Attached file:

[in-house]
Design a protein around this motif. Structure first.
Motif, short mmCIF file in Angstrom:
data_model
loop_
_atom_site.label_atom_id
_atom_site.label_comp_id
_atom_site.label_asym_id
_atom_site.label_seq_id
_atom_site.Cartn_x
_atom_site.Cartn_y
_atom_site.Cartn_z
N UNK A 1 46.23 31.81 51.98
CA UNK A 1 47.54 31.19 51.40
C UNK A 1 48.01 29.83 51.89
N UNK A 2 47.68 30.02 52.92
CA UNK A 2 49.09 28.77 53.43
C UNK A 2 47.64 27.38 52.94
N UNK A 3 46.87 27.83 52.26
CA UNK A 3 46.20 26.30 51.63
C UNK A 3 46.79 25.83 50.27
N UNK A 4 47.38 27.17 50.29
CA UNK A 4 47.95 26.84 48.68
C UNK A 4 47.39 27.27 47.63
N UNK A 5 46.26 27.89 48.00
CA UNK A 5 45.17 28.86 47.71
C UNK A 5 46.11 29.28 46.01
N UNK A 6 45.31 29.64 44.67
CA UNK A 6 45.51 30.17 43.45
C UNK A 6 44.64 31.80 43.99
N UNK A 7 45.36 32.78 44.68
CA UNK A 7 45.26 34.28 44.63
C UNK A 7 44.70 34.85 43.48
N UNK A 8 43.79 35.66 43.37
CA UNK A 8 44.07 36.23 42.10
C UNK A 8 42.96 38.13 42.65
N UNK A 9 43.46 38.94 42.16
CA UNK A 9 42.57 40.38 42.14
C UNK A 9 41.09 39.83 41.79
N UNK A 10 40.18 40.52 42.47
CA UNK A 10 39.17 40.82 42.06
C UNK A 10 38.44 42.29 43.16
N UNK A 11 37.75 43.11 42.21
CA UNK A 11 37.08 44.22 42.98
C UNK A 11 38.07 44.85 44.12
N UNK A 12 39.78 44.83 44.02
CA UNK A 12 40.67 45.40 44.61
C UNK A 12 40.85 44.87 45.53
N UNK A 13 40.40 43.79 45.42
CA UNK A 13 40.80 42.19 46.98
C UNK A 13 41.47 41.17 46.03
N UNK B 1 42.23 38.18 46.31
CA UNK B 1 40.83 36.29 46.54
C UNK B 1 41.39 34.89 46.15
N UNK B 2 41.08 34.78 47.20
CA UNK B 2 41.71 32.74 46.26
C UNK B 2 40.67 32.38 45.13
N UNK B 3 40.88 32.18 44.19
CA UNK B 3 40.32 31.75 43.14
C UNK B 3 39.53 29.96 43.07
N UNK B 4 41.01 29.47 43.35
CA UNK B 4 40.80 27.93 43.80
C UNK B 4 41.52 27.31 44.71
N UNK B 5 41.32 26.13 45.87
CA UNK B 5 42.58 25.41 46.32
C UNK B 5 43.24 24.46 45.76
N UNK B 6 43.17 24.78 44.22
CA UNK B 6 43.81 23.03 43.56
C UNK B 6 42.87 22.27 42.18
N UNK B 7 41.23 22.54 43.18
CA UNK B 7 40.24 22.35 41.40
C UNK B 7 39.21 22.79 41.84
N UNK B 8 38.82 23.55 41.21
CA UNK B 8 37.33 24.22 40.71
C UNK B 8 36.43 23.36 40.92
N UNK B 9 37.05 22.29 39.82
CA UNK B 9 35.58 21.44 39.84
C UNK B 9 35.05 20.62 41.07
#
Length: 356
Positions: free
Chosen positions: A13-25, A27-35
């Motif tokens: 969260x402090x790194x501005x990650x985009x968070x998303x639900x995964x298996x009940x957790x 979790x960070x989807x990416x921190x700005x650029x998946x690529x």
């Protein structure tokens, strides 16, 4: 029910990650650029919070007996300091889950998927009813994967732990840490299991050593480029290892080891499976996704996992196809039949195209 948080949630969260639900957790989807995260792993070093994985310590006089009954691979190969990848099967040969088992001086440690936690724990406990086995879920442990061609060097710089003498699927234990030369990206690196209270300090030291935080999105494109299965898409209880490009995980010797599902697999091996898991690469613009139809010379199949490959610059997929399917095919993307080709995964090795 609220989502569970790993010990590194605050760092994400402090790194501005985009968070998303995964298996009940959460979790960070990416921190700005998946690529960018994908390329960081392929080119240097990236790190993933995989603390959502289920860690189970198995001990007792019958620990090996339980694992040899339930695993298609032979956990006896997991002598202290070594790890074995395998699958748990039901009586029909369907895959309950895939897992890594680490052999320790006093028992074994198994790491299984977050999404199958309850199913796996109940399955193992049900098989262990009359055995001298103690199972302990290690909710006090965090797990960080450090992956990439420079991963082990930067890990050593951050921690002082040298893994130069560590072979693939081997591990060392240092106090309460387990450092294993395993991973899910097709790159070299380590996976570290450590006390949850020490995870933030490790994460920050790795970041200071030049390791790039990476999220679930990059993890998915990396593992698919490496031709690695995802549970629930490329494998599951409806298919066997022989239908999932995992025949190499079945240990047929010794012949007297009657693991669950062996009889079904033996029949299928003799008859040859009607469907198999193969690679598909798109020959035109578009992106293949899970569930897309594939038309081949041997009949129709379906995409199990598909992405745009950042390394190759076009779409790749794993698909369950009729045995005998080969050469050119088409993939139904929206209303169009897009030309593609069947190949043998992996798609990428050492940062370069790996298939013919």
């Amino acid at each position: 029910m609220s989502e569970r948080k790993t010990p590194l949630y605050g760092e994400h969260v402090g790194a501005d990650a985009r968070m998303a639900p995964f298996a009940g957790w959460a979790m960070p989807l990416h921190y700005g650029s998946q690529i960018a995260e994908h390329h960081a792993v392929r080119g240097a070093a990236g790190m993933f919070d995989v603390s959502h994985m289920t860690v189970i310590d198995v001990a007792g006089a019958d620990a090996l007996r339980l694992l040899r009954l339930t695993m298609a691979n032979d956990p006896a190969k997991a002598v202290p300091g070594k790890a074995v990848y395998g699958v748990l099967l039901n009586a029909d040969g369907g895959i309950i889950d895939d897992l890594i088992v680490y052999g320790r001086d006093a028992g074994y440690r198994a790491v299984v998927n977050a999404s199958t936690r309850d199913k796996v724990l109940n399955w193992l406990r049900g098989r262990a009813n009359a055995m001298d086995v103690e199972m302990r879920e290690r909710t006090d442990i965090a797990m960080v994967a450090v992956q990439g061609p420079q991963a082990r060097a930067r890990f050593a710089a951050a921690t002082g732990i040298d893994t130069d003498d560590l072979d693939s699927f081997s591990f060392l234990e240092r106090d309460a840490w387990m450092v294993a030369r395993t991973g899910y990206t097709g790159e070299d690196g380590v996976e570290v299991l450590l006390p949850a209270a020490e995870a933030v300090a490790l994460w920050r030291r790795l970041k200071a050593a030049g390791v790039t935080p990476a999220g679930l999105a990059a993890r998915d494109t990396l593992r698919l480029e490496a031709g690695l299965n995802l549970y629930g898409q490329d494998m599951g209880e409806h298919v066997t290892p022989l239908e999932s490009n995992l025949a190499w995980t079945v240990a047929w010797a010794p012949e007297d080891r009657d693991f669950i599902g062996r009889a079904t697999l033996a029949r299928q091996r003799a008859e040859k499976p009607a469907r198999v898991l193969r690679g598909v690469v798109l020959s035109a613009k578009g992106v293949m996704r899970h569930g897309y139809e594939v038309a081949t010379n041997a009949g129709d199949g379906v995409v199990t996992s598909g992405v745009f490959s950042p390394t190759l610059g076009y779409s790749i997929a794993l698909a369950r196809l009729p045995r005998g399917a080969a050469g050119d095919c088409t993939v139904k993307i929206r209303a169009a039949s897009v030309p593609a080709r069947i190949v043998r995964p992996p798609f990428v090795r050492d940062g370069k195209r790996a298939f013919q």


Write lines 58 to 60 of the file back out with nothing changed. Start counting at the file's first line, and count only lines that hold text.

N UNK B 3 40.88 32.18 44.19
CA UNK B 3 40.32 31.75 43.14
C UNK B 3 39.53 29.96 43.07